Something to Think About


It started out innocently enough. I began to think about investing now and then to loosen up. Inevitably though, one thought led to another, and soon I was more than just an investment thinker. I began to think alone - "to relax," I told myself - but I knew it wasn't true. Thinking became more and more important to me, and finally I was thinking about stocks and bonds all the time.

I began to think on the job. I knew that thinking and employment don't mix, but I couldn't stop myself. I began to avoid friends at lunchtime so I could read Markowitz and Sharpe. I would return to the office dizzied and confused, asking, "What is it exactly that I'm thinking about?"

Things weren't going so great at home either. One evening I had logged off a discussion forum for investors and asked my wife about the meaning of investing. She spent that night at her mother's. I soon had a reputation as a heavy investment thinker.

One day the boss called me in. He said, "I like you, and it hurts me to say this, but your thinking has become a real problem. If you don't stop thinking on the job, you'll have to find another job."

This gave me a lot to think about. I came home early after my conversation with the boss. "Honey," I confessed, "I've been thinking..."

"I know you've been thinking," she said, "and I want a divorce!"

"But Honey, surely it's not that serious."

"It is serious," she said, lower lip aquiver. "You think as much as college professors, and college professors don't make any money, so if you keep on thinking we won't have any money!"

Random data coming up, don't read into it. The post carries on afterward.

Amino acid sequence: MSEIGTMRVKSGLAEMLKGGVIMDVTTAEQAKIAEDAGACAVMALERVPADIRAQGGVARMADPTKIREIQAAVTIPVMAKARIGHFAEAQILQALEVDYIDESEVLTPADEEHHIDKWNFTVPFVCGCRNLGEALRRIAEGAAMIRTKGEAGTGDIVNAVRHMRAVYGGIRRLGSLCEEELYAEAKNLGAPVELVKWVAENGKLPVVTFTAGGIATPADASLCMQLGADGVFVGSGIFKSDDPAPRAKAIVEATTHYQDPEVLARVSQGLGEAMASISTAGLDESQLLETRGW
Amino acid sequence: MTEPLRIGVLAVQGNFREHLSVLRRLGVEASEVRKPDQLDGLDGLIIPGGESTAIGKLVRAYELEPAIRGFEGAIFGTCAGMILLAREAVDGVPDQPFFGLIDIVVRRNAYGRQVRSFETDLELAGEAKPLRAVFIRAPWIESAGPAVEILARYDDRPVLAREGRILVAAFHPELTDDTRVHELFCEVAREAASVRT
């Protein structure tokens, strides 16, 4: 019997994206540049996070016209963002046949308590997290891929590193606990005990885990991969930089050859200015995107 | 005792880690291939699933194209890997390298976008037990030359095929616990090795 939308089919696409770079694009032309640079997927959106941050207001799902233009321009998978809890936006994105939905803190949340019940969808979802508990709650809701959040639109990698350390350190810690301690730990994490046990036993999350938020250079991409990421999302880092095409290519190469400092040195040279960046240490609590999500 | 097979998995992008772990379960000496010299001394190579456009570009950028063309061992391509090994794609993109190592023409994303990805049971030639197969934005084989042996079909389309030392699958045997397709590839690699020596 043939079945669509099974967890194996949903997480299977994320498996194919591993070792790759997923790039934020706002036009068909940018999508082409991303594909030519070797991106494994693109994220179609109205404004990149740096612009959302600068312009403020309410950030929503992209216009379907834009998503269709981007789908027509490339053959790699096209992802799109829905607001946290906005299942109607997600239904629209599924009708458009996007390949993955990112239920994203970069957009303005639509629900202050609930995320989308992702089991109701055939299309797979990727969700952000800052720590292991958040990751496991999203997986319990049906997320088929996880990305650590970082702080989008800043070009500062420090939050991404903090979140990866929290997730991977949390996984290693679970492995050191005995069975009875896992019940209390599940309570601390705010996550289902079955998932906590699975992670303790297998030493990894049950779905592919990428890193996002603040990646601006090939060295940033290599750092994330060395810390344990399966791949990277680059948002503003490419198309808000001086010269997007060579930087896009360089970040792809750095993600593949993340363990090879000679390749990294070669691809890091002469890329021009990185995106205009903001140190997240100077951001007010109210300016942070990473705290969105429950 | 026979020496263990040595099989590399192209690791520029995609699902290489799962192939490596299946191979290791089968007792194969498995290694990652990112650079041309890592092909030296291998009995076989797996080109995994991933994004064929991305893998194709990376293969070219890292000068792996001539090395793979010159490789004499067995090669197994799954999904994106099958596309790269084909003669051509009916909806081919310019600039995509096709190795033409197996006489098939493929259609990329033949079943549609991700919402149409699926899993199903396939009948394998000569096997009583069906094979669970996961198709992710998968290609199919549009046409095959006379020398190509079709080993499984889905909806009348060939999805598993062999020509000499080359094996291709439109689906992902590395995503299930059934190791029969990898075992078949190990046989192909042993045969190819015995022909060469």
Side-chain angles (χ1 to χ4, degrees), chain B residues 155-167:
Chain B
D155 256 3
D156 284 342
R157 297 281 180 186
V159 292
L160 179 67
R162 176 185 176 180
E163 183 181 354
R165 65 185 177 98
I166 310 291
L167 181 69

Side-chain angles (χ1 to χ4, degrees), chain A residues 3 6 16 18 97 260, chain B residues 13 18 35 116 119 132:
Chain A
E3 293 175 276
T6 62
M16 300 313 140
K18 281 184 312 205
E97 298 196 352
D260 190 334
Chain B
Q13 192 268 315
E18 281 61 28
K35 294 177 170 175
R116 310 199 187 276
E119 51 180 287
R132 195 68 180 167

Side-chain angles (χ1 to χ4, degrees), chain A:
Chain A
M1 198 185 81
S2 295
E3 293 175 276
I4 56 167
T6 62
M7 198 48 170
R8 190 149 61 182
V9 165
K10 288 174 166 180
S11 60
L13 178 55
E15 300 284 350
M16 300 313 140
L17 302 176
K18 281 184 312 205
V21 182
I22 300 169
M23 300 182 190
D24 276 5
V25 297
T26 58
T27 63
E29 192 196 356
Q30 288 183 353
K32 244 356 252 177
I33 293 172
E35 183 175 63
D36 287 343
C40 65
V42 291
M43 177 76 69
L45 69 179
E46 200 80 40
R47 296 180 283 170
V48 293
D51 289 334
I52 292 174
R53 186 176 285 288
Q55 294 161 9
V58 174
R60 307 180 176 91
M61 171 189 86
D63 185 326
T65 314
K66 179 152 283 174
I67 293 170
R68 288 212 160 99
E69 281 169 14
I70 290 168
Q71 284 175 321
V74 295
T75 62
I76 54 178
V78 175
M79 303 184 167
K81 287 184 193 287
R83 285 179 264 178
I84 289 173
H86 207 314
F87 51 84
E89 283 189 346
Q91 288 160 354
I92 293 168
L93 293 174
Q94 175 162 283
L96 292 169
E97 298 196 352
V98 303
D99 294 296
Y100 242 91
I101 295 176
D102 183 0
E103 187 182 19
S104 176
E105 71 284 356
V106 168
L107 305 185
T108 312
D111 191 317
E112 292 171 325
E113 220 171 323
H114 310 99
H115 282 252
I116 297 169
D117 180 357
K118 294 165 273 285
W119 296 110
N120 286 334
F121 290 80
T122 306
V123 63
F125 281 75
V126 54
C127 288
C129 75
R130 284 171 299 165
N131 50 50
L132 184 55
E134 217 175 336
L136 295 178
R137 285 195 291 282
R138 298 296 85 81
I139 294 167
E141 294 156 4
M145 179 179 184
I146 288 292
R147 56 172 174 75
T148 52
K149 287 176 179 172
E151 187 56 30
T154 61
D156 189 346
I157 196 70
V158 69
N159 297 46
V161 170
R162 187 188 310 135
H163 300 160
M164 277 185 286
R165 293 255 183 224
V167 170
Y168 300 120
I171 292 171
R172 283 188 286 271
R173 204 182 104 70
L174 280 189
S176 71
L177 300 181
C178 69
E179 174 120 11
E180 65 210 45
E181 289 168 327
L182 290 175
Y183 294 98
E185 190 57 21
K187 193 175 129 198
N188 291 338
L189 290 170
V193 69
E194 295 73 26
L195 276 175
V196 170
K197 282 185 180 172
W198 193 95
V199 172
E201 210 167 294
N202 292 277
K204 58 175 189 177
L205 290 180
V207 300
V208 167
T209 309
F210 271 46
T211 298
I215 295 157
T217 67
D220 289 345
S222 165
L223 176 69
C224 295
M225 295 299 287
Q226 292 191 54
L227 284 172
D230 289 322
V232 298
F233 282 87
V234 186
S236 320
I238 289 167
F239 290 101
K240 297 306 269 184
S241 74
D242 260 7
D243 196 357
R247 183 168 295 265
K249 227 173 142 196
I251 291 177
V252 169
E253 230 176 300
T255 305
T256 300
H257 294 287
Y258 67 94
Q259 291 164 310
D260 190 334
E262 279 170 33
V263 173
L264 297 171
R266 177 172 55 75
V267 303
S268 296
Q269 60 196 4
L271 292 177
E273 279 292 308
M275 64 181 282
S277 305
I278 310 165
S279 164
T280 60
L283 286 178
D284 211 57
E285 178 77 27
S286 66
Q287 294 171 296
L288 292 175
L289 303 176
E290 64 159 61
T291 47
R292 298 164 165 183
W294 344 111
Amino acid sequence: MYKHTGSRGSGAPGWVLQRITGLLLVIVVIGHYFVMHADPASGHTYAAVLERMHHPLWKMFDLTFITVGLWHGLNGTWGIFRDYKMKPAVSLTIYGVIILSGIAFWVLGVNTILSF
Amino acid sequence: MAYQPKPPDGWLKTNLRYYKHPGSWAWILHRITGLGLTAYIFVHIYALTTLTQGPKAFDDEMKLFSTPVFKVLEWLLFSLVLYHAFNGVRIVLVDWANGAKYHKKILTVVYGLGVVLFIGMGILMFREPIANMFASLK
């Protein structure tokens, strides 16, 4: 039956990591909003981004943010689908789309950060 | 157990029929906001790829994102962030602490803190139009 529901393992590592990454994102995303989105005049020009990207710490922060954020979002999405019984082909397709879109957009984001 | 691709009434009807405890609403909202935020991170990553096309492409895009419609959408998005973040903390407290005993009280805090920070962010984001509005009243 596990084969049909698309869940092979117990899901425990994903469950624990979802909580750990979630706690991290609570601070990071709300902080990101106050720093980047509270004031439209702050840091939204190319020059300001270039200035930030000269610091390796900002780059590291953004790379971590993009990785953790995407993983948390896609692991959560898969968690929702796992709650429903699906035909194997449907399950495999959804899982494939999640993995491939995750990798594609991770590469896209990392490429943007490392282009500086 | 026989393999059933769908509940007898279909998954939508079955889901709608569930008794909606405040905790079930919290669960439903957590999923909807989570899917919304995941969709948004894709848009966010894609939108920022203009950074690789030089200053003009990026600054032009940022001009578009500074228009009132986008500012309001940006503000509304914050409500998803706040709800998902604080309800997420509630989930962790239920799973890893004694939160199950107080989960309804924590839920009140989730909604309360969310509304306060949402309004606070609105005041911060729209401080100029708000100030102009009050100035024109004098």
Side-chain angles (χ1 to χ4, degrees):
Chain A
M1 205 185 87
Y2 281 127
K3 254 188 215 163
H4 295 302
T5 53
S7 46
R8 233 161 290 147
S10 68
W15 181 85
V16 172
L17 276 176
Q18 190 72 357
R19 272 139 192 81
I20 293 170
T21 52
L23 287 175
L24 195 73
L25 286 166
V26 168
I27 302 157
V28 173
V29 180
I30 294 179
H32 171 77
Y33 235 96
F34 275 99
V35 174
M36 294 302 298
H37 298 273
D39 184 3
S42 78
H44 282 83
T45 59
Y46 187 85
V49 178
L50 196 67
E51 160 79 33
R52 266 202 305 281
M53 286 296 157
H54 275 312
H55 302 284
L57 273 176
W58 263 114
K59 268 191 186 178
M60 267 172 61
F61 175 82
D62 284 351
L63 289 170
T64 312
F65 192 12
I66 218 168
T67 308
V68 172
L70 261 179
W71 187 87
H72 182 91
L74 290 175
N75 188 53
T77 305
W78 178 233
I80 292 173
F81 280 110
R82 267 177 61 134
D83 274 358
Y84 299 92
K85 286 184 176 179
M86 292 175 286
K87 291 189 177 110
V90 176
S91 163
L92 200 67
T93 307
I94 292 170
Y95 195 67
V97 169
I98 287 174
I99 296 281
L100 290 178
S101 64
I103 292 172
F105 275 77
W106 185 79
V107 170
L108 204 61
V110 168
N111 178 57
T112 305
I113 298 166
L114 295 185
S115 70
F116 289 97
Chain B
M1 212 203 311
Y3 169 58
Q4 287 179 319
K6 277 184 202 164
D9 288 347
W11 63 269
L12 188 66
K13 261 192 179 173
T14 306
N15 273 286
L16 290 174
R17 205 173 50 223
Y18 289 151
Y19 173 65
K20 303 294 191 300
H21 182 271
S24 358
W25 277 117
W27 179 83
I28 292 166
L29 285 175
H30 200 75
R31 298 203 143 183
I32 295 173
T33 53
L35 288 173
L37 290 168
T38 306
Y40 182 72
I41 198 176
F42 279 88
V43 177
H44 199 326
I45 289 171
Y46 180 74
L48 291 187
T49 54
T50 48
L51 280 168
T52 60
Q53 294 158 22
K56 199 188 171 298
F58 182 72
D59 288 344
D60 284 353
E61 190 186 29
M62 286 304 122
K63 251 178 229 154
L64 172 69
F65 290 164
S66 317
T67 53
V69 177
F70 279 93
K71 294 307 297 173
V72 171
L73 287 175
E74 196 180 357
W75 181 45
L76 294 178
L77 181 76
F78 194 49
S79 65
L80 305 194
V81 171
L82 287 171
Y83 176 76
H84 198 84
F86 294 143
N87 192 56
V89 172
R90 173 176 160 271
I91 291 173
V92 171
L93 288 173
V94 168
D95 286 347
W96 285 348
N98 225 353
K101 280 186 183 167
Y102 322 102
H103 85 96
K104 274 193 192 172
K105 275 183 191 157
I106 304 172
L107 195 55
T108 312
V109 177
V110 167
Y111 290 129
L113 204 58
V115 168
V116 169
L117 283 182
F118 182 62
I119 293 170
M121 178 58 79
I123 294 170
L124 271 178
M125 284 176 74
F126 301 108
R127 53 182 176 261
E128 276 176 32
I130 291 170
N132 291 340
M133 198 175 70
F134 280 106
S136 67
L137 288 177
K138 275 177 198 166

"That's a faulty syllogism," I said impatiently, and she began to cry.

I'd had enough. "I'm going to the library," I snarled as I stomped out the door.

I headed for the library, in the mood for some Fama and French. I roared into the parking lot and ran up to the big glass doors... they didn't open. The library was closed. As I sank to the ground clawing at the unfeeling glass, whimpering for Miller, a poster caught my eye. "Friend, is heavy thinking ruining your life?" it asked.

You probably recognize that line. It comes from the standard Thinkers Anonymous poster. Which is why I am what I am today: a recovering investment thinker. I never miss a TA meeting. At each meeting we watch a non-educational video; last week it was "Porky's." Then we share experiences about how we avoided thinking since the last meeting. I still have my job, and things are a lot better at home. Life just seemed... easier, somehow, as soon as I stopped thinking about investing.

Warning: Thinking about this could be addictive.


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